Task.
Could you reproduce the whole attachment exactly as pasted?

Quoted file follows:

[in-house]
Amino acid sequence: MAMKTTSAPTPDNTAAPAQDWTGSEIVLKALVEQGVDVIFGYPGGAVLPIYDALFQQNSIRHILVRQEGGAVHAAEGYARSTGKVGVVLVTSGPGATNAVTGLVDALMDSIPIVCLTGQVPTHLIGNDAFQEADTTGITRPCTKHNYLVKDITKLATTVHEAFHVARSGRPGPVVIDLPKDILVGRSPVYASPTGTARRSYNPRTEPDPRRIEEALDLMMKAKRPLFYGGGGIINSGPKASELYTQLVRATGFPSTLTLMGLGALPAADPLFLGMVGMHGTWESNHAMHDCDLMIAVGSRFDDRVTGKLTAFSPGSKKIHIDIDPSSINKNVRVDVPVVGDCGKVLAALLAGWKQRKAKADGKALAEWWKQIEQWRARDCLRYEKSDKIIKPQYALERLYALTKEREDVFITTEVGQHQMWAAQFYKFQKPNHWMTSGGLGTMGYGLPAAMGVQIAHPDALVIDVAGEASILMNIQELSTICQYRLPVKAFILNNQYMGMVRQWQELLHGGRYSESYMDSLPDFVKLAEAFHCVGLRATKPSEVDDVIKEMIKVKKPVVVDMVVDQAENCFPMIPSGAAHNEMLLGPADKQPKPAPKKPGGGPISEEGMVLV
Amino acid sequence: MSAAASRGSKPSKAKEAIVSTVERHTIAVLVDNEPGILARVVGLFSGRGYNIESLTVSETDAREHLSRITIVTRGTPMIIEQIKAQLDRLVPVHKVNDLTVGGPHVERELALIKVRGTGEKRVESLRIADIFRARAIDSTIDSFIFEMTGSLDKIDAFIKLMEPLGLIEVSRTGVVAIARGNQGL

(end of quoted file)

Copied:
[in-house]
Amino acid sequence: MAMKTTSAPTPDNTAAPAQDWTGSEIVLKALVEQGVDVIFGYPGGAVLPIYDALFQQNSIRHILVRQEGGAVHAAEGYARSTGKVGVVLVTSGPGATNAVTGLVDALMDSIPIVCLTGQVPTHLIGNDAFQEADTTGITRPCTKHNYLVKDITKLATTVHEAFHVARSGRPGPVVIDLPKDILVGRSPVYASPTGTARRSYNPRTEPDPRRIEEALDLMMKAKRPLFYGGGGIINSGPKASELYTQLVRATGFPSTLTLMGLGALPAADPLFLGMVGMHGTWESNHAMHDCDLMIAVGSRFDDRVTGKLTAFSPGSKKIHIDIDPSSINKNVRVDVPVVGDCGKVLAALLAGWKQRKAKADGKALAEWWKQIEQWRARDCLRYEKSDKIIKPQYALERLYALTKEREDVFITTEVGQHQMWAAQFYKFQKPNHWMTSGGLGTMGYGLPAAMGVQIAHPDALVIDVAGEASILMNIQELSTICQYRLPVKAFILNNQYMGMVRQWQELLHGGRYSESYMDSLPDFVKLAEAFHCVGLRATKPSEVDDVIKEMIKVKKPVVVDMVVDQAENCFPMIPSGAAHNEMLLGPADKQPKPAPKKPGGGPISEEGMVLV
Amino acid sequence: MSAAASRGSKPSKAKEAIVSTVERHTIAVLVDNEPGILARVVGLFSGRGYNIESLTVSETDAREHLSRITIVTRGTPMIIEQIKAQLDRLVPVHKVNDLTVGGPHVERELALIKVRGTGEKRVESLRIADIFRARAIDSTIDSFIFEMTGSLDKIDAFIKLMEPLGLIEVSRTGVVAIARGNQGL